Now then, here’s a bit of a mystery. At first glance, you’d think these two bottles of wine come from France. They’re the classic French Bordeaux shape and they have a French name. The front label shows a painting of a building which has more than a passing resemblance to a Bordeaux chateau and the top foil on the bottle indicates that the wine was made by VMV (Vignerons Du Mont Ventoux) which is based in Bédoin in the Southern Rhone Valley.
It’s the leading winery in the Ventoux area. The back label states that the grapes were “sourced from the Rhône Valley”. However, in minuscule print (and you might need a magnifying glass to read it) the label also says that the wine was “produced and bottled in Vietnam”.
You don’t hear the words “wine” and “Vietnam” in the same sentence very often. But I rather think that’s going to change. Although during the late nineteenth century, the French colonists planted vineyards in the highland areas near Hanoi, it was not until the late twentieth century that wine-making really started to develop in Vietnam with the assistance of foreign expertise. In 1995, Vietnam began a joint venture with Australian winemaker, which resulted in a massive planting scheme of international grape varieties. I think we are going to see exciting developments in the Vietnamese wine industry in the near future, because they have the climate, the vineyards and the know-how.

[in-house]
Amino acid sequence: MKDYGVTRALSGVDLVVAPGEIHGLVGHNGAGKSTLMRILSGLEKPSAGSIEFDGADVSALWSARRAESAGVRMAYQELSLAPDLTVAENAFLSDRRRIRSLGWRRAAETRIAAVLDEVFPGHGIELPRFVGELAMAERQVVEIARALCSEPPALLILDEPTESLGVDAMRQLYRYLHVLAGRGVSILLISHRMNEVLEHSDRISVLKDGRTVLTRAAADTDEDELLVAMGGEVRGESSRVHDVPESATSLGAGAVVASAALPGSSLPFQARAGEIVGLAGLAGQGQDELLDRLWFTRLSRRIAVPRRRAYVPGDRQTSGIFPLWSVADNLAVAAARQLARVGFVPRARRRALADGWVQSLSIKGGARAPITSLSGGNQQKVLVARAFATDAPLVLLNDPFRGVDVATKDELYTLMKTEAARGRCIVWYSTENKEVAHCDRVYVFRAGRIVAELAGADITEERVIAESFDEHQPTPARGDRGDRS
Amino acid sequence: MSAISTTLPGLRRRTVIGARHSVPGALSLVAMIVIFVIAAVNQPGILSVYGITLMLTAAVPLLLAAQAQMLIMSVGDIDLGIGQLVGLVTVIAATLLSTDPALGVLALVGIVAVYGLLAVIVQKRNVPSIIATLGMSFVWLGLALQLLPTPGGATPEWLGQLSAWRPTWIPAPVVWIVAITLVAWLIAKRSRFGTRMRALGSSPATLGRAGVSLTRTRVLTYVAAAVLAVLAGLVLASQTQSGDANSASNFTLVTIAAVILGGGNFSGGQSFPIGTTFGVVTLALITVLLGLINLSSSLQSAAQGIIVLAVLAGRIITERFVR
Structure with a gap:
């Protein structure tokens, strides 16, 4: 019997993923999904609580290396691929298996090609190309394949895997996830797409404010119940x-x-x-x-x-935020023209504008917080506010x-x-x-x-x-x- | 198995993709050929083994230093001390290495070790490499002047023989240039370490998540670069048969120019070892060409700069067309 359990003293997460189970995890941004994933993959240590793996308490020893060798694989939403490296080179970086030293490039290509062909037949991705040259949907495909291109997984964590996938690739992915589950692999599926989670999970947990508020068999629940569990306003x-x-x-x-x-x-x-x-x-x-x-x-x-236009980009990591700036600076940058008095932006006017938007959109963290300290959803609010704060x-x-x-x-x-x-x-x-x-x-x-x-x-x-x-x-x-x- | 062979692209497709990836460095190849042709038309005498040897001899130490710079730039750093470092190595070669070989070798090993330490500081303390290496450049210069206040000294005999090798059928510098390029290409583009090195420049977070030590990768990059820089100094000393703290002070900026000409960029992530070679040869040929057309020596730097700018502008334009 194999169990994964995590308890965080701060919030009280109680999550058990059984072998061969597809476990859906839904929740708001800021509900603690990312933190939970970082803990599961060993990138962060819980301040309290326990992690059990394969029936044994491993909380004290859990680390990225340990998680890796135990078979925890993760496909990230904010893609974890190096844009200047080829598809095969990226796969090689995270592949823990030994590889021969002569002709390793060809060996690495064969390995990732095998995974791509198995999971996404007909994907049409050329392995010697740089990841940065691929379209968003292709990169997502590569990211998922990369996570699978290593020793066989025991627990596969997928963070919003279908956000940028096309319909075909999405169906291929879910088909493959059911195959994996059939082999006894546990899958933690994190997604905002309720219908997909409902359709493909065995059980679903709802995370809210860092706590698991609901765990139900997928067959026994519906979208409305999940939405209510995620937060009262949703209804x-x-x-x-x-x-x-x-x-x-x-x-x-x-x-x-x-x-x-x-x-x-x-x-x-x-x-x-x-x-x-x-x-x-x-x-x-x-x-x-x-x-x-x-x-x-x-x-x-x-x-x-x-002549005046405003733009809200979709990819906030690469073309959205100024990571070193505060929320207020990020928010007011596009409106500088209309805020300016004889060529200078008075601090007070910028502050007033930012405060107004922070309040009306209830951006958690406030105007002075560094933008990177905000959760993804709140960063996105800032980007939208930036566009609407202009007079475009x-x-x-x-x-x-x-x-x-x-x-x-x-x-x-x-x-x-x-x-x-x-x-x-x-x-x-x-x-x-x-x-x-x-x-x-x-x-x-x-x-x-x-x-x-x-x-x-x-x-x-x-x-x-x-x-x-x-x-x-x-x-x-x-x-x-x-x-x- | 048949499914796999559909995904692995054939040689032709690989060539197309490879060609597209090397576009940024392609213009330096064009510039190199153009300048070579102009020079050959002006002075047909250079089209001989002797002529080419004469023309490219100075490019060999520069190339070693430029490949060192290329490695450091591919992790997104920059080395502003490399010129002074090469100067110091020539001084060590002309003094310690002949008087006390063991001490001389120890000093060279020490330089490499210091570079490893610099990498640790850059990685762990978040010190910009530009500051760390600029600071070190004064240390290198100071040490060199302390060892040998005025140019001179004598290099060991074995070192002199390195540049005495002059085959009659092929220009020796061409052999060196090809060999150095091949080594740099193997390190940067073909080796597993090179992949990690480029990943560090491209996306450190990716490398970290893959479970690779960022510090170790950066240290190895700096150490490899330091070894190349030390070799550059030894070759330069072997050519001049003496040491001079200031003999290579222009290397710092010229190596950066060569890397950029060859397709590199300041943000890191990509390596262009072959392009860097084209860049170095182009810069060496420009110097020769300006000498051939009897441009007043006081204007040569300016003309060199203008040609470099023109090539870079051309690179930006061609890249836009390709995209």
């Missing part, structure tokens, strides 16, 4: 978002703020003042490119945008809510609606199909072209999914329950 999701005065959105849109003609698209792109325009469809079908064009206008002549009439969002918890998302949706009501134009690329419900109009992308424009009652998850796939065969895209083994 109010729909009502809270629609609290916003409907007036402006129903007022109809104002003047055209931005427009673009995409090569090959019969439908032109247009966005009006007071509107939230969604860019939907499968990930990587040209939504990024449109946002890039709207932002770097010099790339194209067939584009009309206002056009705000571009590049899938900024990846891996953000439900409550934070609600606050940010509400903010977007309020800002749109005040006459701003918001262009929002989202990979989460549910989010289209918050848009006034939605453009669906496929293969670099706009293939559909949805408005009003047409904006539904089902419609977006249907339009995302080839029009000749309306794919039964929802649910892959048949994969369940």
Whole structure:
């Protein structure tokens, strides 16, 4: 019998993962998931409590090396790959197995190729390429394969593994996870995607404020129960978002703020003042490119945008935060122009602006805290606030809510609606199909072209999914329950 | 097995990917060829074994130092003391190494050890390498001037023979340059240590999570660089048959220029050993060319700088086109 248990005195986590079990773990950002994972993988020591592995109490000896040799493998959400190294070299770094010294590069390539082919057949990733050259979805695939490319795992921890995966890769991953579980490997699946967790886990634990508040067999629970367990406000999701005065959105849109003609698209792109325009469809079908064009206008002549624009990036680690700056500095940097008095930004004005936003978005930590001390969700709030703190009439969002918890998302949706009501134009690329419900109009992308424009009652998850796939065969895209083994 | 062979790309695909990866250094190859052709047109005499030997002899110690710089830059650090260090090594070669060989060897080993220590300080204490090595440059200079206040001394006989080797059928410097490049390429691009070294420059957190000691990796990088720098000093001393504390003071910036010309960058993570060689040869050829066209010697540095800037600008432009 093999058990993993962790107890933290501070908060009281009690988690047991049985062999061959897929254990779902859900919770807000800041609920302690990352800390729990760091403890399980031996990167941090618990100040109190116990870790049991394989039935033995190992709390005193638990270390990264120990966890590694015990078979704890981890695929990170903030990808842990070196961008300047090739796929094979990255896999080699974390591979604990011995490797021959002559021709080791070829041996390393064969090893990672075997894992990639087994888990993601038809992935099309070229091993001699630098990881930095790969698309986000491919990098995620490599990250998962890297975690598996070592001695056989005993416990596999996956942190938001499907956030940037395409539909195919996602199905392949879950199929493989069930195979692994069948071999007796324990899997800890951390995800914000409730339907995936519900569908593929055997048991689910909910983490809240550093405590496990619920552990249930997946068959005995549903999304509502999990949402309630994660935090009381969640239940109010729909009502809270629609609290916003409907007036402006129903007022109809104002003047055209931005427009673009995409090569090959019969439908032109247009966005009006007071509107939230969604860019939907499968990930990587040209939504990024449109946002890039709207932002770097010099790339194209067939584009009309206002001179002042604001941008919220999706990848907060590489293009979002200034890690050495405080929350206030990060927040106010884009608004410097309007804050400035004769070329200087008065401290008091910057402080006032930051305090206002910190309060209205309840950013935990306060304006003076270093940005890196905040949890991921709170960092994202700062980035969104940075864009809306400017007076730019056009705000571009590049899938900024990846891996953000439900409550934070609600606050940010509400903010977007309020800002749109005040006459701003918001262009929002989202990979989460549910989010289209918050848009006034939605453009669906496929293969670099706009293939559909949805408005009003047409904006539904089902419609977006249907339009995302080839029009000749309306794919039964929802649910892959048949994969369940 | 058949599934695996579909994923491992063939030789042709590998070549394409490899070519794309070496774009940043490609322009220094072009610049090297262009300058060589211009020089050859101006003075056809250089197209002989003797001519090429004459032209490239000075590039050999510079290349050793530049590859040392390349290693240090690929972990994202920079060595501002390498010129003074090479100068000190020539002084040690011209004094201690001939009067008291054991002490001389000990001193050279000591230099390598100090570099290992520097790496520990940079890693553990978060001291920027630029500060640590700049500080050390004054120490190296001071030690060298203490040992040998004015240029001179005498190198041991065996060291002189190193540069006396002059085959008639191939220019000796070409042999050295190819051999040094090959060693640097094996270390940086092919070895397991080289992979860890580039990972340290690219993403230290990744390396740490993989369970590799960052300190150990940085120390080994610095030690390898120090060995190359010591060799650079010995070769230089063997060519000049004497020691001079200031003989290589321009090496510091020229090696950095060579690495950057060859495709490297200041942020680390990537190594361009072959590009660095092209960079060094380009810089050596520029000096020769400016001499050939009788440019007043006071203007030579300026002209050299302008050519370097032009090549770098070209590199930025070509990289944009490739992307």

But having said all that, this is not actually Vietnamese wine. If anything, it’s French wine with a Vietnamese accent. My guess (and it’s only a guess) is that what we have here is a Southern Rhône wine shipped in bulk to Vietnam, where it’s then blended with local fruit wine. Don’t let this put you off, because a similar process is used for making “Mont Clair”, that good old work-horse wine of all the bars and cheap restaurants in town. If you need a couple of easy-drinkers for under Bt 300, these two Belleville wines could fit the bill.
Belleville Chardonnay-Viognier 2010 (white), France. (Foodland Bt. 295)
No one really knows where the Viognier (vee-oh-NYAY) grape originally came from. It was once fairly rare, growing only in the northern Rhône regions of France. But the grape has become increasingly popular and makes aromatic wines in an increasing number of countries.
This pale straw-coloured wine has a rather creamy floral aroma of tropical fruit, with hints of dusty herbs. I thought I could pick up pears too, presumably from the Viognier in the blend. It has a very soft mouth-feel, hardly any acidity and a reasonable long and pleasant finish.
The off-dry quality may appeal to those who don’t normally drink wine. It’s a pleasant little glugger, even though it has 13% alcohol content, but I have to admit that the wine tasted a lot better than I expected.
At this price it’s a terrific bargain and could make an excellent party wine. Although it seems to me very much like a wine to drink on its own, it would probably work well with many Indian and Thai dishes as well as with light curries.
Belleville Grenache-Shiraz-Merlot 2009 (red), France. (Foodland Bt. 295)
With an aroma of red cherries, this is an attractive garnet-red and although the wine is completely dry, the mouth-feel is quite soft and the tannins hardly noticeable. It’s an interesting blend too. You’ve probably heard of Shiraz and Merlot but the Grenache may be less familiar, even though it’s one of the most widely planted red wine grape varieties in the world. Although the Grenache (gren-ASH) originated in northern Spain, it’s most often associated with the wines of the Rhône and southern France. It’s often used as a blending component, adding body and fruitiness to a wine.
This is a pleasing easy-drinker and the Shiraz in the blend gives a hint of spice and pepper which adds interest to this French-style wine. At this knock-down price it would be terrific for a party or other social occasion if, that is, you can still afford to have them.